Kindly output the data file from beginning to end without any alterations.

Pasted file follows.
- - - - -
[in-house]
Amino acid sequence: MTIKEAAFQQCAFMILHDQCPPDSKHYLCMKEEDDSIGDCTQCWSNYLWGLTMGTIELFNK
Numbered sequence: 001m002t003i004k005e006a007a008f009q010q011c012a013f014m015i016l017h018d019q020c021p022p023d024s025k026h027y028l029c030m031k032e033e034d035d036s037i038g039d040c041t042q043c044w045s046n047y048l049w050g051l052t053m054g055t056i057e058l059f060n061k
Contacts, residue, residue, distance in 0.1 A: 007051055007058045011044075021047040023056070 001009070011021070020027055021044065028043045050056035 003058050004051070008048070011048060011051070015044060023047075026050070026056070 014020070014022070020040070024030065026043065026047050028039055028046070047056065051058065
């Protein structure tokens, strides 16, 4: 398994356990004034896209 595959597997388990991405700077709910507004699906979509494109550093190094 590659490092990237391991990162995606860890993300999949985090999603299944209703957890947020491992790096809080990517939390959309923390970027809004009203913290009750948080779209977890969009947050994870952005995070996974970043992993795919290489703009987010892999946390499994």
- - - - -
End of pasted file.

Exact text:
[in-house]
Amino acid sequence: MTIKEAAFQQCAFMILHDQCPPDSKHYLCMKEEDDSIGDCTQCWSNYLWGLTMGTIELFNK
Numbered sequence: 001m002t003i004k005e006a007a008f009q010q011c012a013f014m015i016l017h018d019q020c021p022p023d024s025k026h027y028l029c030m031k032e033e034d035d036s037i038g039d040c041t042q043c044w045s046n047y048l049w050g051l052t053m054g055t056i057e058l059f060n061k
Contacts, residue, residue, distance in 0.1 A: 007051055007058045011044075021047040023056070 001009070011021070020027055021044065028043045050056035 003058050004051070008048070011048060011051070015044060023047075026050070026056070 014020070014022070020040070024030065026043065026047050028039055028046070047056065051058065
């Protein structure tokens, strides 16, 4: 398994356990004034896209 595959597997388990991405700077709910507004699906979509494109550093190094 590659490092990237391991990162995606860890993300999949985090999603299944209703957890947020491992790096809080990517939390959309923390970027809004009203913290009750948080779209977890969009947050994870952005995070996974970043992993795919290489703009987010892999946390499994």